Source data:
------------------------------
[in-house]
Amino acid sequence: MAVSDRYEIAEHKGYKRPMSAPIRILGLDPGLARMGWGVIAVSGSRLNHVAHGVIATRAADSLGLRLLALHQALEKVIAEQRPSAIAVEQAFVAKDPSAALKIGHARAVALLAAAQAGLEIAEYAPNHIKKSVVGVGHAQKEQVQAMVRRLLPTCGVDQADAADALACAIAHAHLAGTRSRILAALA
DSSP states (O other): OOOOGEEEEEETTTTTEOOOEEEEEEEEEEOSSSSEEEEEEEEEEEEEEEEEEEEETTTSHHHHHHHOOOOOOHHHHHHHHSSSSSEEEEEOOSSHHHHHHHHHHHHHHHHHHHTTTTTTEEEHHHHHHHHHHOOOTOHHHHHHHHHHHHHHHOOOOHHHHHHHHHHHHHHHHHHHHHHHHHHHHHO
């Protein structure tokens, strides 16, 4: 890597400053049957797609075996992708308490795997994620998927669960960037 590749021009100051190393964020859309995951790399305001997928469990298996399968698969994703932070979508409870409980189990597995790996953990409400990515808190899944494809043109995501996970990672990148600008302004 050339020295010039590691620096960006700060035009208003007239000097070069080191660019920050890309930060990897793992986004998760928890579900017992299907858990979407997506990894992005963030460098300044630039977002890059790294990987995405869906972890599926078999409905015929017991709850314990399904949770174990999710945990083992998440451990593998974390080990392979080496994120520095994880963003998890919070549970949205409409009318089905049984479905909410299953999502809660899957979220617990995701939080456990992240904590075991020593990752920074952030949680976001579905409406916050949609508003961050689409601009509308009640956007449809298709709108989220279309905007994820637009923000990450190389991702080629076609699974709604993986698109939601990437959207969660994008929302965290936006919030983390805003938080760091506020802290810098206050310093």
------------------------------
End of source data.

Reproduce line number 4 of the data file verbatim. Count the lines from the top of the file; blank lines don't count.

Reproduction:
């Protein structure tokens, strides 16, 4: 890597400053049957797609075996992708308490795997994620998927669960960037 590749021009100051190393964020859309995951790399305001997928469990298996399968698969994703932070979508409870409980189990597995790996953990409400990515808190899944494809043109995501996970990672990148600008302004 050339020295010039590691620096960006700060035009208003007239000097070069080191660019920050890309930060990897793992986004998760928890579900017992299907858990979407997506990894992005963030460098300044630039977002890059790294990987995405869906972890599926078999409905015929017991709850314990399904949770174990999710945990083992998440451990593998974390080990392979080496994120520095994880963003998890919070549970949205409409009318089905049984479905909410299953999502809660899957979220617990995701939080456990992240904590075991020593990752920074952030949680976001579905409406916050949609508003961050689409601009509308009640956007449809298709709108989220279309905007994820637009923000990450190389991702080629076609699974709604993986698109939601990437959207969660994008929302965290936006919030983390805003938080760091506020802290810098206050310093």